Menu

COVID-19 Response

For information about fall semester instruction and campus operations, please visit covidresponse.wisc.edu.

During this time, please contact us at news@cals.wisc.edu.

UW-Madison Project Announces $151,254 In Grants For Pesticide Reduction Studies

The University of Wisconsin-Madison Pesticide Use and Risk Reduction project is awarding grants totaling $151,254 for nine research projects on alternatives to pesticides used on Wisconsin crops.

Located in the College of Agricultural and Life Sciences, the Pesticide Use and Risk Reduction project addresses the impacts of the U.S. Food Quality Protection Act on Wisconsin commodities and producers. The act requires the U.S. Environmental Protection Agency to establish new health based standards for pesticides. These new standards may result in the withdrawal of many pesticides commonly used by Wisconsin farmers.

The Pesticide Use and Risk Reduction project identifies pesticides targeted under FQPA and develops working teams of farmers, farm organizations and researchers to identify profitable options, says Margaret Krome, who chairs the project”s steering committee.

In this, the second of a three-year program, the grant titles and lead investigators are:

Grower education and adoption of biologically based pest management – developing outreach materials. Deana Sexson and Jeff Wyman. $12,107.

Integrated pest management program development in cultivated ginseng. Mike Drillias. $12,988.

Implementation of mating disruption of blackheaded fireworm in cranberry. Dan Mahr. $15,000.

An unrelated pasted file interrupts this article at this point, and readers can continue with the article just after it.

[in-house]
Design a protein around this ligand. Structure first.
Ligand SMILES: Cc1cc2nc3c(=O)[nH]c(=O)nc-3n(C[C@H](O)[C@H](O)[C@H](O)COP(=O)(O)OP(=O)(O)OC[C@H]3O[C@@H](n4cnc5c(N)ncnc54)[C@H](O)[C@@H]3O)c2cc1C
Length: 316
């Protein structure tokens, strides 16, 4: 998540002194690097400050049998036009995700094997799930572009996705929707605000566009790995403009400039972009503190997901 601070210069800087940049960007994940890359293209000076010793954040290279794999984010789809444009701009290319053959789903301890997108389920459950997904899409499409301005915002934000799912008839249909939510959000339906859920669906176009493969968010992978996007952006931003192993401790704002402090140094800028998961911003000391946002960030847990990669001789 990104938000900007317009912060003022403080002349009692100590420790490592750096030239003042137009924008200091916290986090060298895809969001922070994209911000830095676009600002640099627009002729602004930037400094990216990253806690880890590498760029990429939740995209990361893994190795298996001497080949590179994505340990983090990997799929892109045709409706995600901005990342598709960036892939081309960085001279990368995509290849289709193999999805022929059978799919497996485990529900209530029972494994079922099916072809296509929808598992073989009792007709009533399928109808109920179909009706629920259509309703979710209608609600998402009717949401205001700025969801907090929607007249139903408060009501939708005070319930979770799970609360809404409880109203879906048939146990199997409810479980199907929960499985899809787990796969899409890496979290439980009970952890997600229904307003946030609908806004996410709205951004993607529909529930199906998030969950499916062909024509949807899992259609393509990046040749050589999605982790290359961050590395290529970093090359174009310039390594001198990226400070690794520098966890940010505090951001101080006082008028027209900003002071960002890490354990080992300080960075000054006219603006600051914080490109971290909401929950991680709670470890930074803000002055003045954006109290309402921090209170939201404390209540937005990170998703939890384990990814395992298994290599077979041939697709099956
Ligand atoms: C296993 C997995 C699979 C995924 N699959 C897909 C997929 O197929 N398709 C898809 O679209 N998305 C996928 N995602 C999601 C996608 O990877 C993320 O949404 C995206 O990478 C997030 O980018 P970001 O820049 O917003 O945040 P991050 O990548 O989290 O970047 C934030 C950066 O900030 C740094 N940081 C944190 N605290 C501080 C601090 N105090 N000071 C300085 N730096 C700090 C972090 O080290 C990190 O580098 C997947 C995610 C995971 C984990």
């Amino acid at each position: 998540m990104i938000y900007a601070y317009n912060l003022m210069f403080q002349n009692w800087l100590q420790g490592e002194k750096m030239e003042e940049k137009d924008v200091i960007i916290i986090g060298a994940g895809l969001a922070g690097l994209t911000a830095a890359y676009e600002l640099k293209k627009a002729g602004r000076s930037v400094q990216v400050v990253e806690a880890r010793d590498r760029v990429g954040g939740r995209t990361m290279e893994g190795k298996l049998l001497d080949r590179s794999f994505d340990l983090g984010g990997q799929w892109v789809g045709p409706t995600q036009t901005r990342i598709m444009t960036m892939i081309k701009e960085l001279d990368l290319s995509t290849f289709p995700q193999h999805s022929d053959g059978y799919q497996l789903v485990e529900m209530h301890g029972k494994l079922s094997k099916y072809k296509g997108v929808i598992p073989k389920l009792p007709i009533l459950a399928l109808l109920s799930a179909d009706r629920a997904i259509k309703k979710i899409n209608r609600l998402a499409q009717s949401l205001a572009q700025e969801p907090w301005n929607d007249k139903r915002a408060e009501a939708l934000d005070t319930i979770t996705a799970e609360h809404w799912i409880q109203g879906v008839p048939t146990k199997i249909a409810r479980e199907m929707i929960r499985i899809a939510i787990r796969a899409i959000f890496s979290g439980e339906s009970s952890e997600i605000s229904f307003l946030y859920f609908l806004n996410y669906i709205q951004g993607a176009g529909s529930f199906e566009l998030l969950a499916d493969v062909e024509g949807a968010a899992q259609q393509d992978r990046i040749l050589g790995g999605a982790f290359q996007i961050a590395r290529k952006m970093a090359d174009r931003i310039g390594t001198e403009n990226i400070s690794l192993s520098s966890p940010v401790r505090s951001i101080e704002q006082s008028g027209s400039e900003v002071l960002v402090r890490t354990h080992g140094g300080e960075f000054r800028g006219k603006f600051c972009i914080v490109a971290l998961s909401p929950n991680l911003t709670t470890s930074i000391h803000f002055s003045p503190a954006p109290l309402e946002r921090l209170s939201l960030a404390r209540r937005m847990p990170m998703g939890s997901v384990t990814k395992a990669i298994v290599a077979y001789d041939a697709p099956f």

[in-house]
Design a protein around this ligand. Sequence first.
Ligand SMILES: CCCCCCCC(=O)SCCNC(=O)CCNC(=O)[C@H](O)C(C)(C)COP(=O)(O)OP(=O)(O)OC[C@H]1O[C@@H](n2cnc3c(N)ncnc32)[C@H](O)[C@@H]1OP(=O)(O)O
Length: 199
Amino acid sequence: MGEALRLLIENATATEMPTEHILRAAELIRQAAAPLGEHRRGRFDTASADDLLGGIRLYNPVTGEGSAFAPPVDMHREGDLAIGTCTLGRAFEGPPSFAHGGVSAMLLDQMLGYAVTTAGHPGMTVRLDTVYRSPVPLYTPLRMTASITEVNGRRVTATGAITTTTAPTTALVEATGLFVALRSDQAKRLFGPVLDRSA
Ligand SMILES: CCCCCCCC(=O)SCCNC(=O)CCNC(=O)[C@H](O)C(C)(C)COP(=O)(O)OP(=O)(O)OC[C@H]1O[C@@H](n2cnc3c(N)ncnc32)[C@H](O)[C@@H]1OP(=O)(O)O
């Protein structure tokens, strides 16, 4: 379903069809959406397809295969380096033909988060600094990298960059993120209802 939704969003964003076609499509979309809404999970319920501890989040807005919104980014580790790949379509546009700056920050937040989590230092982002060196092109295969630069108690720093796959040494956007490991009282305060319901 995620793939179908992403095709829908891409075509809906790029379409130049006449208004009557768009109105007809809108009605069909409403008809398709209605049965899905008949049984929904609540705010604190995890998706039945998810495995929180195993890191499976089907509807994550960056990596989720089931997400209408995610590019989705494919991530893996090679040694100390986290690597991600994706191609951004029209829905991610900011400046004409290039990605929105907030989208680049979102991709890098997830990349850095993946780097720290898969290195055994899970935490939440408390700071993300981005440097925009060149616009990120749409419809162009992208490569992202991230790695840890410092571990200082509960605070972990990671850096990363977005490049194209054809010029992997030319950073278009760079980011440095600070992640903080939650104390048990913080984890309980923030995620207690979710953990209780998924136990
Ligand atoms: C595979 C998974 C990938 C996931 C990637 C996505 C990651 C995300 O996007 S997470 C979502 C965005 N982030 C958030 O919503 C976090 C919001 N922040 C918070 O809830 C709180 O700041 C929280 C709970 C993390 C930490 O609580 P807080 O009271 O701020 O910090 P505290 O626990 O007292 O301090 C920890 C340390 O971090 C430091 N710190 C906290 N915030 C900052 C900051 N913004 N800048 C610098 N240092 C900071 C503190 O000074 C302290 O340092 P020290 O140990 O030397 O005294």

Investigation of potential to breed Wisconsin strawberries resistant to tarnished plant bug injury. Brian Smith. $9,900.

Feasibility of compost use in Wisconsin”s commercial strawberry industry. Brian Smith. $8,500.

Reducing the risk of pesticide use on cranberry in Wisconsin. Teryl Roper. Patricia McManus and Dan Mahr. $22,788.

Fresh market fruit and vegetable growers survey. Pete Nowak. $10,000.

Improving communication of critical FQPA and pest management information to Wisconsin agricultural consultants and farmers. Larry Binning, Roger Schmidt and Kit Schmidt. $49,971.

Reduced rate herbicide bulletin update, and expansion and the creation of a weed biology bulletin. Jerry Doll and Chris Boerboom. $10,000.

State farm groups collaborating as project partners selected the grants. The 14 partners represent the broad diversity of Wisconsin commodity and general farm organizations. For more information about the program and collaborating farm groups, visit the Center for Integrated Agricultural Systems and click on the Pesticide Use and Risk Reduction project.

The Pesticide Use and Risk Reduction project is funded by pesticide overcharge funds administered by the Wisconsin Department of Justice with matching funds from collaborating farm organizations and the UW-Madison Center for Integrated Agricultural Systems, which is home for the project.